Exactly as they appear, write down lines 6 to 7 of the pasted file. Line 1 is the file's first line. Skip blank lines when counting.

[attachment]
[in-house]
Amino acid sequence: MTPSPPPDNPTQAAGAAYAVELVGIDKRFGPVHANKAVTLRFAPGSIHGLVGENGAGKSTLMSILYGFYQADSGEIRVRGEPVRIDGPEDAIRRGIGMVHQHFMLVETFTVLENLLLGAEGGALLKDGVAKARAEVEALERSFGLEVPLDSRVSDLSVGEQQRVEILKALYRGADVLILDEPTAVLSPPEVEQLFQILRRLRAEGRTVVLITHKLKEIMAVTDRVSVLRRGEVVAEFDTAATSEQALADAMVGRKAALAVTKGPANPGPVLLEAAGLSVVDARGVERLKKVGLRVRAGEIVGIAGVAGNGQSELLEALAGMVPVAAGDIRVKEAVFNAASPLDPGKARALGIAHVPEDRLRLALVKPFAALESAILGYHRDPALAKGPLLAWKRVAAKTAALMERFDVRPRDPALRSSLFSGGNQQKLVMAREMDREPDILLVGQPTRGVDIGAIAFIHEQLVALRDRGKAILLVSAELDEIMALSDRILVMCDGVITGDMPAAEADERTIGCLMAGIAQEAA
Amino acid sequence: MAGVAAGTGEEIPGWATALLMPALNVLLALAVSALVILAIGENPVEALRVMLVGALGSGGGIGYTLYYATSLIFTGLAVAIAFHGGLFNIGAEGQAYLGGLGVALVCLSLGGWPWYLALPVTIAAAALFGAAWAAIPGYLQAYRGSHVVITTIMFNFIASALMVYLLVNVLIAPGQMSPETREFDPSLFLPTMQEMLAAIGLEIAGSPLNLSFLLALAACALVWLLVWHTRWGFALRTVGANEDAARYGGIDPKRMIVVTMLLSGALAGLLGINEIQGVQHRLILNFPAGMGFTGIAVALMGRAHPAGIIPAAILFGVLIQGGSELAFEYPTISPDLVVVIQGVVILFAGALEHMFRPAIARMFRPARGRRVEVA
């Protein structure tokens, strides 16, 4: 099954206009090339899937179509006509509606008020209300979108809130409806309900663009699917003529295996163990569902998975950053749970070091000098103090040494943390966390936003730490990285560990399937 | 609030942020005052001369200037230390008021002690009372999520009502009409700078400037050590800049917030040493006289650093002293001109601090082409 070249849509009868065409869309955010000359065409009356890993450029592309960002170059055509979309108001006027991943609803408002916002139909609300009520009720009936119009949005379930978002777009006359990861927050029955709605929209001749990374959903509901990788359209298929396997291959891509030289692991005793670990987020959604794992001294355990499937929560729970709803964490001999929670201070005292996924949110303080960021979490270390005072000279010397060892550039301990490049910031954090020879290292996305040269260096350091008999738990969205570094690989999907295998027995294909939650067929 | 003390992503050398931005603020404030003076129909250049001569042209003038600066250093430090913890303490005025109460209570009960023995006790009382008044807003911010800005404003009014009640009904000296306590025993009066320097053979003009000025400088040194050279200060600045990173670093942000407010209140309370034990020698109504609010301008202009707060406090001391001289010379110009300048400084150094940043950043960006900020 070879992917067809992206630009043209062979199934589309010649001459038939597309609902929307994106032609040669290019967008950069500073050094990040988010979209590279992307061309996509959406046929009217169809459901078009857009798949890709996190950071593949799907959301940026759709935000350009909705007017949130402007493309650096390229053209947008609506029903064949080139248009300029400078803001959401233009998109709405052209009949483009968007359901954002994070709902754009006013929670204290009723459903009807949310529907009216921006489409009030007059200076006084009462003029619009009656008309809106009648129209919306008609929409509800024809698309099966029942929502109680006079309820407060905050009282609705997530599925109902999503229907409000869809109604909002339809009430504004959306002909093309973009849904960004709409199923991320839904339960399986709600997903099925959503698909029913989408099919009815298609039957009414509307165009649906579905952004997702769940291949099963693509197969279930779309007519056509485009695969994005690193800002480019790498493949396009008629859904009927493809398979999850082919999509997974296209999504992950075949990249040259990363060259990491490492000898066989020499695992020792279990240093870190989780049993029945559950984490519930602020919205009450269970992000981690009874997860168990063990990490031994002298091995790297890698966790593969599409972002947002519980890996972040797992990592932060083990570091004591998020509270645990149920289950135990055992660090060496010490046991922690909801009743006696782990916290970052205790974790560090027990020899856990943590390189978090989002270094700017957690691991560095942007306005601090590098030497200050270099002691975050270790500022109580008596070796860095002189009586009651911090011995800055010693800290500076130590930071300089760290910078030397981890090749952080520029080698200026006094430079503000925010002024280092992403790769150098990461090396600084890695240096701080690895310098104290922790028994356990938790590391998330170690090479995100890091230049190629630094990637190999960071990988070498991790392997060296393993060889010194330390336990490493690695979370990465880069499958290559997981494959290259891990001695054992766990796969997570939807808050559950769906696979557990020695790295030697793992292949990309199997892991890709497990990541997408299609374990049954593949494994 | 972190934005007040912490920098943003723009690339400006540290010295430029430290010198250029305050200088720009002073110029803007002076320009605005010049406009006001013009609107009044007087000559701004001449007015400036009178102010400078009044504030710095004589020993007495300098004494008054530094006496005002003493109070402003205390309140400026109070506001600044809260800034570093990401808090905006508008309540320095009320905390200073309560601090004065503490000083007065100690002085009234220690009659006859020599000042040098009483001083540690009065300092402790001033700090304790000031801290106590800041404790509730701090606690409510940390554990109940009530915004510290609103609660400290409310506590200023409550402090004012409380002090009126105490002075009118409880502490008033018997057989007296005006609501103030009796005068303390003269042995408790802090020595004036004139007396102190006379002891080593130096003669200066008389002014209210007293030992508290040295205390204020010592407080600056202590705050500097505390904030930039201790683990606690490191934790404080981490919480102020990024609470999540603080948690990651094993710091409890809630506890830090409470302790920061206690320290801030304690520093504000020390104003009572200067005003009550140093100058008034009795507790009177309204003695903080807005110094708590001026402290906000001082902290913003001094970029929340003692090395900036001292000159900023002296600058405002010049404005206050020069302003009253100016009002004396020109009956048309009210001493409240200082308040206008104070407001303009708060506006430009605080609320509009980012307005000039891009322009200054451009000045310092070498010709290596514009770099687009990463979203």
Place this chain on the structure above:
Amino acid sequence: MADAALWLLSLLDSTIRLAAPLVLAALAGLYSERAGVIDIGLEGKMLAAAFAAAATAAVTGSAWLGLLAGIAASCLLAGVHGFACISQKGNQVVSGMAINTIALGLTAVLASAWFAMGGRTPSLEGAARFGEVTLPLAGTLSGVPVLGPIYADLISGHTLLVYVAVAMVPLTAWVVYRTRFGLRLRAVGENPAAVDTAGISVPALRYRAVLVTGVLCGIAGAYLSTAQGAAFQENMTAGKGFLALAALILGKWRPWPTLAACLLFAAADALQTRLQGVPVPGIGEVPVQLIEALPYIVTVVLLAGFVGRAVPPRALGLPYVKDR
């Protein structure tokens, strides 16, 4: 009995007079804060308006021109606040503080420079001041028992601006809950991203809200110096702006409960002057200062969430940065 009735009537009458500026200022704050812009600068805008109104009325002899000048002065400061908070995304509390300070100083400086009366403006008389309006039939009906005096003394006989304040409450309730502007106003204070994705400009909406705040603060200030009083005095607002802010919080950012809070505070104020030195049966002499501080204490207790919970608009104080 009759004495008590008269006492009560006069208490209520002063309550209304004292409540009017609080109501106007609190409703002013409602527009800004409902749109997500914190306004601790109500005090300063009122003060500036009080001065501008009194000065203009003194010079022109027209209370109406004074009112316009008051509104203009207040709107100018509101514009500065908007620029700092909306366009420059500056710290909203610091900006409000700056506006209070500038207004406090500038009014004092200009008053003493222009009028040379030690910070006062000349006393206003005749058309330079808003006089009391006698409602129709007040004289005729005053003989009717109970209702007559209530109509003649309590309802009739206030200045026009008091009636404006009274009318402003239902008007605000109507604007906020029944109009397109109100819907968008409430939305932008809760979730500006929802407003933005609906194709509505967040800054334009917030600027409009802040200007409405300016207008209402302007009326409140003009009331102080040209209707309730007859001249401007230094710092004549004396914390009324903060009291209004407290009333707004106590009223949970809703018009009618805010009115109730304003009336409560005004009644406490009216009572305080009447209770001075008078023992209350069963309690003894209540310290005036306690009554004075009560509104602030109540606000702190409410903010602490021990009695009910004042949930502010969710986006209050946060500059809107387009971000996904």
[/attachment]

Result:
Amino acid sequence: MADAALWLLSLLDSTIRLAAPLVLAALAGLYSERAGVIDIGLEGKMLAAAFAAAATAAVTGSAWLGLLAGIAASCLLAGVHGFACISQKGNQVVSGMAINTIALGLTAVLASAWFAMGGRTPSLEGAARFGEVTLPLAGTLSGVPVLGPIYADLISGHTLLVYVAVAMVPLTAWVVYRTRFGLRLRAVGENPAAVDTAGISVPALRYRAVLVTGVLCGIAGAYLSTAQGAAFQENMTAGKGFLALAALILGKWRPWPTLAACLLFAAADALQTRLQGVPVPGIGEVPVQLIEALPYIVTVVLLAGFVGRAVPPRALGLPYVKDR
């Protein structure tokens, strides 16, 4: 009995007079804060308006021109606040503080420079001041028992601006809950991203809200110096702006409960002057200062969430940065 009735009537009458500026200022704050812009600068805008109104009325002899000048002065400061908070995304509390300070100083400086009366403006008389309006039939009906005096003394006989304040409450309730502007106003204070994705400009909406705040603060200030009083005095607002802010919080950012809070505070104020030195049966002499501080204490207790919970608009104080 009759004495008590008269006492009560006069208490209520002063309550209304004292409540009017609080109501106007609190409703002013409602527009800004409902749109997500914190306004601790109500005090300063009122003060500036009080001065501008009194000065203009003194010079022109027209209370109406004074009112316009008051509104203009207040709107100018509101514009500065908007620029700092909306366009420059500056710290909203610091900006409000700056506006209070500038207004406090500038009014004092200009008053003493222009009028040379030690910070006062000349006393206003005749058309330079808003006089009391006698409602129709007040004289005729005053003989009717109970209702007559209530109509003649309590309802009739206030200045026009008091009636404006009274009318402003239902008007605000109507604007906020029944109009397109109100819907968008409430939305932008809760979730500006929802407003933005609906194709509505967040800054334009917030600027409009802040200007409405300016207008209402302007009326409140003009009331102080040209209707309730007859001249401007230094710092004549004396914390009324903060009291209004407290009333707004106590009223949970809703018009009618805010009115109730304003009336409560005004009644406490009216009572305080009447209770001075008078023992209350069963309690003894209540310290005036306690009554004075009560509104602030109540606000702190409410903010602490021990009695009910004042949930502010969710986006209050946060500059809107387009971000996904």